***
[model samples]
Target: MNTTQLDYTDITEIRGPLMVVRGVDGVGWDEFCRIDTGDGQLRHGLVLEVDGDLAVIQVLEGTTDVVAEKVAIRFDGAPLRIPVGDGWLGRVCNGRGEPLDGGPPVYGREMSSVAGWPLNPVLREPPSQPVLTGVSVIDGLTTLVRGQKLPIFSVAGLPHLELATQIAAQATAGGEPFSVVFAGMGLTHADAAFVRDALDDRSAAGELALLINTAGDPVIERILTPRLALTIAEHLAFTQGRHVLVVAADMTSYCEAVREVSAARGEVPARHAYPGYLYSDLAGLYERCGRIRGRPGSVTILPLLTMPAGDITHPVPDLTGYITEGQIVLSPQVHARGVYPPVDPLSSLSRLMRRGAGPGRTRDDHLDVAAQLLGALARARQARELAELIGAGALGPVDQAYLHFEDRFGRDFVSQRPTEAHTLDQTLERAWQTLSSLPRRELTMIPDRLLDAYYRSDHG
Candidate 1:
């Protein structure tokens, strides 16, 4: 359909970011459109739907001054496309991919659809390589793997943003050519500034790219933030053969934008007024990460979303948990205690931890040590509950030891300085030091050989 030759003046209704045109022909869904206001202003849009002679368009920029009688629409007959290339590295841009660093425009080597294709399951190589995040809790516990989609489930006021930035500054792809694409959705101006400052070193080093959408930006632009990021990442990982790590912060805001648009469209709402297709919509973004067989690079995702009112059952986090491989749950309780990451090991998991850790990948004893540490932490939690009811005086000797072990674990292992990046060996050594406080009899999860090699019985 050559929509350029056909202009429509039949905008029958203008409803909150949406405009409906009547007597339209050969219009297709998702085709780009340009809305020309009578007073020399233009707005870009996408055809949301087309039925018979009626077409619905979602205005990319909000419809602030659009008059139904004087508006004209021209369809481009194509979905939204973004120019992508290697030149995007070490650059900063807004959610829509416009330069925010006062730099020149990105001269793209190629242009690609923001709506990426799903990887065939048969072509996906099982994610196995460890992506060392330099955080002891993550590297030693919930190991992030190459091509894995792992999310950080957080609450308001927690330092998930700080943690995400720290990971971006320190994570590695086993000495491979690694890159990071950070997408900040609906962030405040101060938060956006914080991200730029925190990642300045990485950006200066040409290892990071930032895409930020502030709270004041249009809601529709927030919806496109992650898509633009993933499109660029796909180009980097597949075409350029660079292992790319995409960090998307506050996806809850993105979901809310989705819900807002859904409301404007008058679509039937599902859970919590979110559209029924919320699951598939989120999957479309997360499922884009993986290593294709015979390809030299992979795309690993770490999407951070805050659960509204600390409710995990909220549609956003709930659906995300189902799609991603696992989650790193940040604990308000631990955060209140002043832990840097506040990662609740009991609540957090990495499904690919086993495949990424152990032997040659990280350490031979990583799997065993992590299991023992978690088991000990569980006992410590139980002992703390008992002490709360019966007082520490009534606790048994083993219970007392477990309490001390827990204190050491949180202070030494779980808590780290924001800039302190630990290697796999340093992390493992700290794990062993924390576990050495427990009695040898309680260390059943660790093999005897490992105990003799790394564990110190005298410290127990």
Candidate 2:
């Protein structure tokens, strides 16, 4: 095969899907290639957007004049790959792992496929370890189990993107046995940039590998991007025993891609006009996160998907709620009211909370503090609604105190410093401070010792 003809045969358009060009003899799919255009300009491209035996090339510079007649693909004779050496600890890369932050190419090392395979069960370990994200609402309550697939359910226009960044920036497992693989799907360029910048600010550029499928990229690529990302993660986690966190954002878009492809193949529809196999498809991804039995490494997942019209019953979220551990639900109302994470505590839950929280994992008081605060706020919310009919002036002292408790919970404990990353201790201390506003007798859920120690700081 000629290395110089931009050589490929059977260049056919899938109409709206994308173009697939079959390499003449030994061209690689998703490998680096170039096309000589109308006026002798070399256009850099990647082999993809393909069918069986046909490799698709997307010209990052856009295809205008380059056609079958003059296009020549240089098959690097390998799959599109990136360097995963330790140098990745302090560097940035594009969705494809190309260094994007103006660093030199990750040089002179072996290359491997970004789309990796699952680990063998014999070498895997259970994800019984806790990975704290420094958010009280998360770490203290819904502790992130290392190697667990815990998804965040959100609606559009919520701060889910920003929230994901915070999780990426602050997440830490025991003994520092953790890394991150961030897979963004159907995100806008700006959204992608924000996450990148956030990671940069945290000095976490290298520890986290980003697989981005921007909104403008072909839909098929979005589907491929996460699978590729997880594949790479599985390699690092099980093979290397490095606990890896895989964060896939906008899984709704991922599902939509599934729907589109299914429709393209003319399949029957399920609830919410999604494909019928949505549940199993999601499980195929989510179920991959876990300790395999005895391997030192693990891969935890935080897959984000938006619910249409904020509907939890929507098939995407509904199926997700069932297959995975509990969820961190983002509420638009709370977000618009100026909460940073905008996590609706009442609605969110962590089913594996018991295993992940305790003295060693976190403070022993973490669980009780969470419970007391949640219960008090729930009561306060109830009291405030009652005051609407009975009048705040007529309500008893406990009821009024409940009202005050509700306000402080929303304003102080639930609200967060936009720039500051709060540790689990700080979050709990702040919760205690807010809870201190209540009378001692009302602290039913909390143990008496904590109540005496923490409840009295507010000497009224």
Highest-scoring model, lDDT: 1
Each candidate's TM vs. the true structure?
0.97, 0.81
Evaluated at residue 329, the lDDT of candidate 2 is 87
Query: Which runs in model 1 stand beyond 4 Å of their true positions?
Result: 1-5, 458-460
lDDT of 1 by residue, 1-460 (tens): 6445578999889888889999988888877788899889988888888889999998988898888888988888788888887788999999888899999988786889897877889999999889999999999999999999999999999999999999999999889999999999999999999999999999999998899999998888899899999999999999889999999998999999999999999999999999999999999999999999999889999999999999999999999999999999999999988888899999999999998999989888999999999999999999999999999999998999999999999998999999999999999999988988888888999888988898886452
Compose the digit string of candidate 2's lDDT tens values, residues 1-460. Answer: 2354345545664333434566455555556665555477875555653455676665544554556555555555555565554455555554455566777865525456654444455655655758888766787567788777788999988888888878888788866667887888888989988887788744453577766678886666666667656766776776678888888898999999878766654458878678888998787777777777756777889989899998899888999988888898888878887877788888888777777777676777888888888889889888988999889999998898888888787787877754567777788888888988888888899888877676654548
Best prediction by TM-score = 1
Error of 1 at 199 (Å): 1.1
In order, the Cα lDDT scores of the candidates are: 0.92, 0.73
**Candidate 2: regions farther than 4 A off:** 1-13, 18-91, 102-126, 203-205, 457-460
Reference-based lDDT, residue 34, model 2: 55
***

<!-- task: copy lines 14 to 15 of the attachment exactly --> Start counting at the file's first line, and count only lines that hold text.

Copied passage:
Compose the digit string of candidate 2's lDDT tens values, residues 1-460. Answer: 2354345545664333434566455555556665555477875555653455676665544554556555555555555565554455555554455566777865525456654444455655655758888766787567788777788999988888888878888788866667887888888989988887788744453577766678886666666667656766776776678888888898999999878766654458878678888998787777777777756777889989899998899888999988888898888878887877788888888777777777676777888888888889889888988999889999998898888888787787877754567777788888888988888888899888877676654548
Best prediction by TM-score = 1